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Animal Defenders of Westchester
P.O. Box 205
Yonkers, NY 10704


Crush Video Auteur Stands Trial

Animal rights activists plan protest of Long Island DA's lenient charge against porn videos peddler.

By Robert Masterson

Published 12/30/99

Local animal rights activists are planning to rally and protest at the Jan. 14 trial of Thomas (last name withheld because he has since repented for his cruel actions), a Long Island man accused of making and selling "crush videos," a bizarre subgenre of the amateur pornography market that presents high-heeled women crushing small animals to death. The protest at Suffolk County's First District Courthouse in Central Islip will center on both the practice of videotaping for profit this cruel sexual fetish and the Suffolk County District Attorney's charging of Thomas with a single count of cruelty to animals.

"I got the call at home early in the morning," recalled Chief Roy Gross of the Suffolk County Society for the Prevention of Cruelty to Animals, describing Thomas' May 1998 arrest. "My wife came to me and said, 'You've got to take this call' and started telling me what it was about. I said, 'Come on. What are you telling me?' I had never heard of anything like that before in my life. I don't think there's a word to describe what these people were doing... It was absolutely horrible to review these tapes so we could charge him. It was the most incredible thing I've ever seen in my life." What these people were doing is creating masturbation fantasies for a worldwide market.

Thomas is accused of hiring women to wear high heels and destroy a variety of small animals--among them guinea pigs, mice, turtles, frogs--while being videotaped from the knees down. "Apparently, that's what it is," Gross continued. "They get dressed up in high-heels and the foreplay is fondling the animal with the heels, slowly touching it with the heels and they get a little more aggressive. Then they torture [the animals] by jabbing the heel into their bodies and then eventually crush them and smash them into nothing, just squash them right into the floor...The idea here was to make money. He was selling these videotapes for anywhere from $35 to $100 a piece. He was marketing them through the Internet.

As a matter of fact, we got a letter from Scotland Yard congratulating us for busting him. They'd been trying to nail this guy for a long time. We grabbed his shipping records for sales out-of- state and out of the country; it's unbelievable to think that not only was he making these videos but that there's such a market for them." Both animal-rights activists and politicians have been working to curb the growing popularity of "crush videos" with new legislation designed to punish the traders.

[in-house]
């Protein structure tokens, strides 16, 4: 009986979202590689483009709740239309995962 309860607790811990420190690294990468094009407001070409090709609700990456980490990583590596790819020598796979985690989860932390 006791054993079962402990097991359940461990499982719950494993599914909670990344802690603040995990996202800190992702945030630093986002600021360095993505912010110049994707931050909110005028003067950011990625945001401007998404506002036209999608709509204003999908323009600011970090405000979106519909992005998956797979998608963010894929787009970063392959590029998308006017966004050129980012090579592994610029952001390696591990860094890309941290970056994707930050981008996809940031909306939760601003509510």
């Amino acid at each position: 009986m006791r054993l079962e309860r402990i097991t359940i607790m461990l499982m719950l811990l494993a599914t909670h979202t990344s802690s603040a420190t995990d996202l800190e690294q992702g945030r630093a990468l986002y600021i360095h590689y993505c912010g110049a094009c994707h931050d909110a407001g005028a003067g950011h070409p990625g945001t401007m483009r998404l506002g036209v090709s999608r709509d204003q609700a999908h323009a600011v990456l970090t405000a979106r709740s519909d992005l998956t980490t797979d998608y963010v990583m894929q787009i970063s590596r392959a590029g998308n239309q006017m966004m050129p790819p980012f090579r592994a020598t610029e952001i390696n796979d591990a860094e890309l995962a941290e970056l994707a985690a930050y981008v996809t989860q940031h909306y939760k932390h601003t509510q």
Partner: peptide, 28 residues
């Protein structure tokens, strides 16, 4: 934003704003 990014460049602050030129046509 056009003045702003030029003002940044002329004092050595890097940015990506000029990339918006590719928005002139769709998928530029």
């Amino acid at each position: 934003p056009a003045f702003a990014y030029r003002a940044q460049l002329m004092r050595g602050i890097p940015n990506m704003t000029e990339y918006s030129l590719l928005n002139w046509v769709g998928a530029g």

For Thomas, however, these laws come too late. Despite the fact that New York State made this activity felonious in November of this year, despite the fact that federal law prohibiting the production and sale of "crush videos" has just been signed into law by President Clinton, Thomas' arrest took place while his crimes were still considered misdemeanors and he appears to have "grandfathered" his way out of a serious offense. "It's a $1,000 fine and a year in jail for each offense, but what the actual charge is going to be is up to the [Suffolk County] District Attorney," Gross explained.

"[Thomas] could have thousands of counts; if you look through the videos for every animal that was tortured or mutilated and killed and if he's charged on each one and they all stick...hypothetically he could go away for years and years. It's not up to us [the SPCA] but, of course, we would like to see him get the maximum for something this horrendous." However, the court will only be hearing a single count of animal cruelty (an unclassified misdemeanor) brought against Thomas. Why have the hundreds, if not thousands, of killings documented on his homemade snuff films elicited separate charges? "The evidence we have will support only the one particular charge," Ed Flaherty, Assistant District Attorney for the court, said.